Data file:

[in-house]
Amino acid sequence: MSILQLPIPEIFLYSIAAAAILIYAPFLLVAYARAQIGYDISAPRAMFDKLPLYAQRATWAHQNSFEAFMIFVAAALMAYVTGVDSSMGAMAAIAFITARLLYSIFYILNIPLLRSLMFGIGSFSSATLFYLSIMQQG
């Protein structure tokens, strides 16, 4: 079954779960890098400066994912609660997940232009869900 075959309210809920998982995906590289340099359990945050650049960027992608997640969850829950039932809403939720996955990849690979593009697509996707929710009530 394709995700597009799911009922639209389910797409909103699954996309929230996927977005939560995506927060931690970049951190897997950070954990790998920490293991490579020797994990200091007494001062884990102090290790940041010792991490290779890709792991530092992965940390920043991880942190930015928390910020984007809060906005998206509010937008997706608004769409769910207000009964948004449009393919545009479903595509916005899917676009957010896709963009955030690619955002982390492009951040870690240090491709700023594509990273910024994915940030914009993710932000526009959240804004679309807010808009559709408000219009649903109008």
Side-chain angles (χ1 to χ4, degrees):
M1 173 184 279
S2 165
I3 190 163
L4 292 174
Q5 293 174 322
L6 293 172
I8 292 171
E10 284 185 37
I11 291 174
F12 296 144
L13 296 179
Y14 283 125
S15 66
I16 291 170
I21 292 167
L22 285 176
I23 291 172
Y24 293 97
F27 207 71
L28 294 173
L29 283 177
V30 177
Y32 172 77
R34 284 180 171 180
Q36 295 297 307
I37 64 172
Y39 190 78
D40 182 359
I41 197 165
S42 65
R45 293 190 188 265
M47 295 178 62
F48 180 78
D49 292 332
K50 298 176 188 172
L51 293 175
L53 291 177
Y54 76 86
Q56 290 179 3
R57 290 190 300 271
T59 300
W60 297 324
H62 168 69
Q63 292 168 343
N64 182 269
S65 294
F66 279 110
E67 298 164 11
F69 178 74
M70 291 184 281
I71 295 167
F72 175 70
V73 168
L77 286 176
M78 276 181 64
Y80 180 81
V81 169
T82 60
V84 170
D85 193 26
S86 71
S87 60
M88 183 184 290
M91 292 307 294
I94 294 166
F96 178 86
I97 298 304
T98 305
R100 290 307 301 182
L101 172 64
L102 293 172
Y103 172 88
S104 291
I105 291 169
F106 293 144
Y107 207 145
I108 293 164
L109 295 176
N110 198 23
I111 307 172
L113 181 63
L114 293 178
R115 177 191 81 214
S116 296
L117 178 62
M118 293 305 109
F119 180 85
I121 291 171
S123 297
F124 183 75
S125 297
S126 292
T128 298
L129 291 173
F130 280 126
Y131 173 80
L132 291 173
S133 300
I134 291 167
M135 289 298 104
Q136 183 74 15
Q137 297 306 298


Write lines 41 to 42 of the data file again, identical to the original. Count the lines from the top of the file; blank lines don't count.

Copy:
L53 291 177
Y54 76 86